The Division of Hematopathology combines the diagnostic aspects of laboratory hematology and coagulation, bone marrow, and hematolymphoid tissue interpretation and flow cytometric analysis. The overall Division of Hematopathology is directed by Dr. Gerard Lozanski who also directs the hematopathology fellowship program. Members of the division include Drs. Amy Gewirtz, Fredrick Racke, Arwa Shana’ah, Hafeng Wu, and Weiqiang Zhao. The coagulation laboratory is under the direction of Dr. Haifeng Wu, the flow cytometry laboratory under the direction of Dr. Lozanski, Dr. Racke assists in the operations and sign out of the cytogenetic laboratory and the hematology laboratory is under the director of Dr. Gewirtz. Dr. Zhao, is involved in development of clinical and research molecular testing as part of the Pathology Core Facility Laboratory.
In addition to their clinical duties the hematopathology division is actively involved in research projects and supports clinical studies through collaboration with oncologists, computer scientists and various cooperative research groups including CALGB, ECOG and TGCA and multiple Biopharm companies. .
In collaboration with Dr. Rolf Barth in the Department of Pathology and Dr. Nilendu Gupta in the Department of Radiation Medicine, Dr. Racke he has developed a novel therapy for the treatment of thrombocytopenia that has show significant efficacy in a murine model of radiation-induced bone marrow suppression. This therapy relies upon a unique pharmacologic strategy to influence erythromegakaryocytic differentiation and has therapeutic potential to translate into a novel therapy for patients with thrombocytopenia. He continues to lead the pathology leukemia cadre of the CALGB, participating in correlative science related to the refinement of the diagnosis of leukemia and development of clinical assays for prognostic markers in acute myeloid leukemia.
Dr. Wu’s laboratory is involved in basic research to understand the molecular pathways that underlie disease processes. Two diseases are presently under study, thrombotic thrombocytopenic purpura (TTP) and chronic obstructive pulmonary disorder (COPD). In TTP, a serious thrombotic disorder characterized by disseminated platelet thrombosis and subsequent severe tissue organ injury the laboratory is pursuing both transgenic (and knockout) mouse models and biochemical approaches to study host factors and underlying mechanisms that trigger the clinical phenotype of TTP. The laboratory is also involved in translational research to develop and implement novel biomarkers and treatment strategies to improve patient care. Dr. Wu also directs the Biomarker Reference Laboratory (BRL), part of clinical laboratory services at Ohio State University Medical Center (OSUMC). The BRL is actively engaged in OSU’s strategic mission in personalized health care. So far, the BRL has implemented 4 clinical tests derived from our research and innovation: ADAMTS13 activity assay; Determination of ADAMTS13 inhibitor titer; Genotyping for warfarin sensitivity SNPs; and von Willebrand factor (VWF) multimeric analysis.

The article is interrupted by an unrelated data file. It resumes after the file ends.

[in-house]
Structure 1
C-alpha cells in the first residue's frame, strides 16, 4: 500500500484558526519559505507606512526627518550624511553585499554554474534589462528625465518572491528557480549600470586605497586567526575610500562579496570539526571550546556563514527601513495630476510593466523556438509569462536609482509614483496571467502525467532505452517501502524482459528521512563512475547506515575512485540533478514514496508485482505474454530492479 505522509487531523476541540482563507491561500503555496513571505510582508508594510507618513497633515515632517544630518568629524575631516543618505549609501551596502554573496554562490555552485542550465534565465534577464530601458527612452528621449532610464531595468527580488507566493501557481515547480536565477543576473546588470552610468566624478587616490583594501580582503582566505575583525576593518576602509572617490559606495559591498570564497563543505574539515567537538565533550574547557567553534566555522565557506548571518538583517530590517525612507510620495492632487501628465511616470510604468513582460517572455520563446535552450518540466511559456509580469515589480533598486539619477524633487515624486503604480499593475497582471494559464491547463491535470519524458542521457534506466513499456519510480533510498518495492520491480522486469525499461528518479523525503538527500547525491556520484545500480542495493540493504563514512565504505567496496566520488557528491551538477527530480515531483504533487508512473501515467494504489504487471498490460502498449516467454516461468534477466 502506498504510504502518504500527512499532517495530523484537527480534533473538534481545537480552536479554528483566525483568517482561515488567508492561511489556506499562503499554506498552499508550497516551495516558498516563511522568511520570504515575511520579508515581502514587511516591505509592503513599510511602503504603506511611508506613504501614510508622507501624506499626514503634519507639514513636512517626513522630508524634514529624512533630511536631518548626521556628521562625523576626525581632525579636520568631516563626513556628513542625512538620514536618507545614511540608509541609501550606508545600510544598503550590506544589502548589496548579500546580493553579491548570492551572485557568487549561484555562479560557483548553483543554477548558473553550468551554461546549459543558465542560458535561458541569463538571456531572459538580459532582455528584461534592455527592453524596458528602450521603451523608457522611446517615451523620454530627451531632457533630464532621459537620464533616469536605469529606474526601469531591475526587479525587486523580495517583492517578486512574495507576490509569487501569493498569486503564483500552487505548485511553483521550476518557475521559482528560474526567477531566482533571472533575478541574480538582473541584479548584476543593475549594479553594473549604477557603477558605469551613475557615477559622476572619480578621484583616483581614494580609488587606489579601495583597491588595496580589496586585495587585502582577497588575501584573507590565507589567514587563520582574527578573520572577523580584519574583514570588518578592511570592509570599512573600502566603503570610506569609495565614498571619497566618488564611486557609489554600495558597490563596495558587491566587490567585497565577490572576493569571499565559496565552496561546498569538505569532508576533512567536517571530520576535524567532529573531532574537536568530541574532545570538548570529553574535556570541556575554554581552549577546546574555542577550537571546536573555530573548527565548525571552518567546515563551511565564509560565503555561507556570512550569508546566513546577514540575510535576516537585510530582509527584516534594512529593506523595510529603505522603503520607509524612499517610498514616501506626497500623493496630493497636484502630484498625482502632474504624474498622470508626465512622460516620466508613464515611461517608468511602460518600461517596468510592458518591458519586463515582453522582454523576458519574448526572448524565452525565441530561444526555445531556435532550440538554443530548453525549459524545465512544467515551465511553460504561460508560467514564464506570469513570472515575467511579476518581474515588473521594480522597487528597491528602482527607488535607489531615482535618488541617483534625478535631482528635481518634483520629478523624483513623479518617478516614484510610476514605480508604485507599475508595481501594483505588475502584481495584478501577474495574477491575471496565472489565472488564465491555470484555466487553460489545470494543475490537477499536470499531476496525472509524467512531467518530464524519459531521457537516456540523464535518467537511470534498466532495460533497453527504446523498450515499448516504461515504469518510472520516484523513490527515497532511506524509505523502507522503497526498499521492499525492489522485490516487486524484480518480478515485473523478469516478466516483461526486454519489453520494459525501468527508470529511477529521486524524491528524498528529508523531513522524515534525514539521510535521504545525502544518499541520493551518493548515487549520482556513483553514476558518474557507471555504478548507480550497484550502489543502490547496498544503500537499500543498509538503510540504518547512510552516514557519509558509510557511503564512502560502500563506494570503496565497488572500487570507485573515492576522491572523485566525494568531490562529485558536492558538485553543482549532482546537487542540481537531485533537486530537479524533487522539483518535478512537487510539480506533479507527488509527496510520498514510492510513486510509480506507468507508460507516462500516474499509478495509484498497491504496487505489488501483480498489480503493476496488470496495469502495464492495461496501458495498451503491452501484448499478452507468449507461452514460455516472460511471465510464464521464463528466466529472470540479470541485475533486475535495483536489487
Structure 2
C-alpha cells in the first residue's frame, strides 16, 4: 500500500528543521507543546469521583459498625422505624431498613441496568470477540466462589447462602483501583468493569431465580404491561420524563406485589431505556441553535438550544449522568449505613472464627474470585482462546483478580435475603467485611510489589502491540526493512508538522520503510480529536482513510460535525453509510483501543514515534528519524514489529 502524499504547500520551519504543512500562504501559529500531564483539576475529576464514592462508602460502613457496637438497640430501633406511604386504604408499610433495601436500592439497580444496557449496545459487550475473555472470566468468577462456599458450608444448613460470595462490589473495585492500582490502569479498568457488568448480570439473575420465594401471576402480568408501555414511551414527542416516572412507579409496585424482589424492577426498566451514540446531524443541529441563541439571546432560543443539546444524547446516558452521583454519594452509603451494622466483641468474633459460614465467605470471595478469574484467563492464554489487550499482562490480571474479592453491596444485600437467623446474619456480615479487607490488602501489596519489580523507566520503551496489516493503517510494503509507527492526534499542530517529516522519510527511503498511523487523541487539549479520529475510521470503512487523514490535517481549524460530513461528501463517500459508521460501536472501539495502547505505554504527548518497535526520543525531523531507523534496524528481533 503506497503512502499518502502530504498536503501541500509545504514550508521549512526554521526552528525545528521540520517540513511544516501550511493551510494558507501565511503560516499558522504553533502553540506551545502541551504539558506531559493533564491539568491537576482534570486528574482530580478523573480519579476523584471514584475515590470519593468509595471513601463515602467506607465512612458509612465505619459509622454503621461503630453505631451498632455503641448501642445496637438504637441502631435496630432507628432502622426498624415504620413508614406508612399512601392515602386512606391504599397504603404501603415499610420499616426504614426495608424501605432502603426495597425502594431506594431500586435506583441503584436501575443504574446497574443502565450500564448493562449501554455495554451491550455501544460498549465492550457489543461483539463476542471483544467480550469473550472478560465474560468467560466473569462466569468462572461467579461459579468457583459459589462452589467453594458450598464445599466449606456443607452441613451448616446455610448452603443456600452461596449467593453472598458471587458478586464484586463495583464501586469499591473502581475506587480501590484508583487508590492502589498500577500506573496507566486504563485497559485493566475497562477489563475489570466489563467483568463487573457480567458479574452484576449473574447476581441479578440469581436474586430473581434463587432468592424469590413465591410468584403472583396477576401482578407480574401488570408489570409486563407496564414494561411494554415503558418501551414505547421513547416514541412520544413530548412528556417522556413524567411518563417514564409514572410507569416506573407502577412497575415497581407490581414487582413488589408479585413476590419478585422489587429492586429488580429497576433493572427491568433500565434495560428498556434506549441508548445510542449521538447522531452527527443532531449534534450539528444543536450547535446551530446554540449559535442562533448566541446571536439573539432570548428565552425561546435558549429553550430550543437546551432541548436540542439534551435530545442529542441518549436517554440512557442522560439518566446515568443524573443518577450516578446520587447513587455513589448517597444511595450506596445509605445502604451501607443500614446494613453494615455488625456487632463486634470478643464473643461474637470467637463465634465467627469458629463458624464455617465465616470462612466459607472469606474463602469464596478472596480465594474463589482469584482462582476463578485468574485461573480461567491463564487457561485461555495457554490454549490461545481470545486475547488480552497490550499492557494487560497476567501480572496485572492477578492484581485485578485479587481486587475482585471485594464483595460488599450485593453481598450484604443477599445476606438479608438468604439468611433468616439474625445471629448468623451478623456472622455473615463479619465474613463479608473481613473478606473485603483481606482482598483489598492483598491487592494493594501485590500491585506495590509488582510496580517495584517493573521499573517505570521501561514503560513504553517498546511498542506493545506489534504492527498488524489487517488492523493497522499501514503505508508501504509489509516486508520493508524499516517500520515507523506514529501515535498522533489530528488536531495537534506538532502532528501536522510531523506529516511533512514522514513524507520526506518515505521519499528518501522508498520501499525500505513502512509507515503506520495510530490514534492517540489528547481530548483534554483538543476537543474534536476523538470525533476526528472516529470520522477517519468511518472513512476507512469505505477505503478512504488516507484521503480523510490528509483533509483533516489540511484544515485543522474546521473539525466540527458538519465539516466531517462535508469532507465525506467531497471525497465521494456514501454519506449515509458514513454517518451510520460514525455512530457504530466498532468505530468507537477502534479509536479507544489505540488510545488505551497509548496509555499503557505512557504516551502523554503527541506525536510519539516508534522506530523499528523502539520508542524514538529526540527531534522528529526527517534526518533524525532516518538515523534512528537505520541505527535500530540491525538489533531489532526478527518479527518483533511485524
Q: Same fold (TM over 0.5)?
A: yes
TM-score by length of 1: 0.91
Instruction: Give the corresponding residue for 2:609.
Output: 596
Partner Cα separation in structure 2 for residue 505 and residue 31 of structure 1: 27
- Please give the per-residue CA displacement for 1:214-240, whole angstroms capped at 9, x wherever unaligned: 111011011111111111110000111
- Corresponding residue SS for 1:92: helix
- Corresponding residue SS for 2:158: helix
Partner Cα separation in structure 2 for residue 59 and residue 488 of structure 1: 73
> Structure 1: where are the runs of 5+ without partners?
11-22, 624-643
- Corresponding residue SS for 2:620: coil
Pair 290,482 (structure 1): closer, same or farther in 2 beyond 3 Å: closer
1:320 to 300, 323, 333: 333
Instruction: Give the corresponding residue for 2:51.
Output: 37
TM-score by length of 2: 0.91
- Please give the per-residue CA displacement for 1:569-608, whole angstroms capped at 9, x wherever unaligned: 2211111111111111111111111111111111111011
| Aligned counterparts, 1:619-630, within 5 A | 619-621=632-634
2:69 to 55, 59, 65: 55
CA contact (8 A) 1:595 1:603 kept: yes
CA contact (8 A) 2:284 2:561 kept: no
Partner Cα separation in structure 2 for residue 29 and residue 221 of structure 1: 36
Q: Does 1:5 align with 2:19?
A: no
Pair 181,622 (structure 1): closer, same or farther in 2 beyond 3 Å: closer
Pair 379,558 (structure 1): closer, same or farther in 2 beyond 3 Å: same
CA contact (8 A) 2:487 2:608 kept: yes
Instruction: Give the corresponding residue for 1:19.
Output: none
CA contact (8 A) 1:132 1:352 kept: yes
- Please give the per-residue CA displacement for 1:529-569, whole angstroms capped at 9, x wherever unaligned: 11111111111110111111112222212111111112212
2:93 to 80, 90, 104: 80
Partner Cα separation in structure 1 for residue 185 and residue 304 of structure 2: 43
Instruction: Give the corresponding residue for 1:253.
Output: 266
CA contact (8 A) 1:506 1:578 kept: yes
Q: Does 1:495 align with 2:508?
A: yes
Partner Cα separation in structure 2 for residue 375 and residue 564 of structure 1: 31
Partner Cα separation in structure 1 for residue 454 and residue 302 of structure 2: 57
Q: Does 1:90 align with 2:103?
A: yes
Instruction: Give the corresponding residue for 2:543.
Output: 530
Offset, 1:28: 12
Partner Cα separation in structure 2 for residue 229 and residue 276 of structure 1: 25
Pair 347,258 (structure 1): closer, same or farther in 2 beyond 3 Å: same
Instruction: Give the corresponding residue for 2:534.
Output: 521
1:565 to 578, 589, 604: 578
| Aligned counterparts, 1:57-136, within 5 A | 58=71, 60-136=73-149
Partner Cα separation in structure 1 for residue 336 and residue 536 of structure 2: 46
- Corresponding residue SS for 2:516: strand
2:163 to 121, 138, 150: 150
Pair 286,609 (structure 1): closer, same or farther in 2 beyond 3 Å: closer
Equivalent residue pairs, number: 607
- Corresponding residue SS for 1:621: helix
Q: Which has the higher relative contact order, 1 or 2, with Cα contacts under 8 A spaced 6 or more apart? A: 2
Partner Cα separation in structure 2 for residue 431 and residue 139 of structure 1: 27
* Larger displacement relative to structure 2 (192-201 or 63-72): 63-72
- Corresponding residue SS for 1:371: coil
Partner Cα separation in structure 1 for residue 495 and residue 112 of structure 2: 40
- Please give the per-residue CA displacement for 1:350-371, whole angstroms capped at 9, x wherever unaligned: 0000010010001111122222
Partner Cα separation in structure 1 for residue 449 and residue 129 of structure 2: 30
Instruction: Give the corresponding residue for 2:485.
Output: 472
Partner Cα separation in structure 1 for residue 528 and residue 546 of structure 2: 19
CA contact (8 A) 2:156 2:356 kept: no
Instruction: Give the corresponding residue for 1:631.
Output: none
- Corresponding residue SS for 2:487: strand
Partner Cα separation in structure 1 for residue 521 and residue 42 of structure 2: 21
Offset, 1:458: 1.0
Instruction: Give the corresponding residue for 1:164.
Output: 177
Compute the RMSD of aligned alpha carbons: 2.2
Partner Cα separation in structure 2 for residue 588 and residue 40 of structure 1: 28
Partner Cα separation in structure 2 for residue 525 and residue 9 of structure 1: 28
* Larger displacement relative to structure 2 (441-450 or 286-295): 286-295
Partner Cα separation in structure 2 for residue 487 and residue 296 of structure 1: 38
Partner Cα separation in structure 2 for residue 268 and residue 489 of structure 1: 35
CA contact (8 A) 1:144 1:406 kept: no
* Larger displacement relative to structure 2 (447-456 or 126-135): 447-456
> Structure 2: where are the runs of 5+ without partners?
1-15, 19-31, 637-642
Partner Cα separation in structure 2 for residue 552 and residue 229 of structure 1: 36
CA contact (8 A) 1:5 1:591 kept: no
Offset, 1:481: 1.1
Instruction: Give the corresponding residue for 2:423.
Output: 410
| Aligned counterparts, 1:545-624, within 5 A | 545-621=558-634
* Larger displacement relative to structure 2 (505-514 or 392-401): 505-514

Dr. Shana’ahcollaborates with Dr. Metin Gurcan t from the Department of Bioinformatics in the area of computer based image analysis algorithm for accurate histological grading of follicular lymphomas. Dr. Shana’ah is a participant in The Cancer Genome Atlas (TCGA) project sponsored by National Institute of Health.
Dr. Zhao directs the molecular pathology core facility laboratory at Polaris. Under his directorship molecular core laboratory developed and validated numerous clinical molecular and FISH tests that are used in daily clinical sign out as well as well as are used to support multiple clinical studies in different types of malignancies ranging from acute leukemia to breast cancer. Dr. Zhao expertise in development and analysis of molecular tests is valued by researchers at OSUMC, other institutions and cooperative groups and is supported by numerous collaborative grants. Dr. Zhao also helps with development of computer based image analysis for grading of follicular lymphoma and cutaneous T cell lymphoma. In addition Dr. Zhao is an active leukemia cadre member in CALGB and TCGA projects.
The Flow Cytometry Laboratory, under the direction of Dr. Gerard Lozanski, continues to experience marked increase in both of clinical and research specimens. The laboratory has expanded its detection of minimal residual disease to include not only CLL but also ALL and some types of T cell non Hodgkin lymphomas. Over the last several years laboratory developed and validated flow battery that allows detailed evaluation of the cellular immune status (IMMUNOME) of patients treated with hematological malignancies, HIV or and autoimmune disorders that are treated with various modalities including stem cell transplant, immunotherapy and immunomodulating drugs. In addition flow laboratory also developed expertise in quantitative measurement of density of surface antigens that are targets of immunotherapeutic agents treated with humanized monoclonal antibodies. Most recently the flow laboratory started to evaluate flow cytometric method to quantitatively measure the average length of telomeres by fluorescence in situ hybridization (FISH) method. Dr. Lozanski in collaboration with Dr. M. Gurcan from the Department of Bioinformatics has received an NIH grant for development of a computer program for accurate and reproducible histological grading of follicular lymphoma based on whole slide image analysis, placing our division in a unique leadership position in the rapidly emerging field of digital pathology.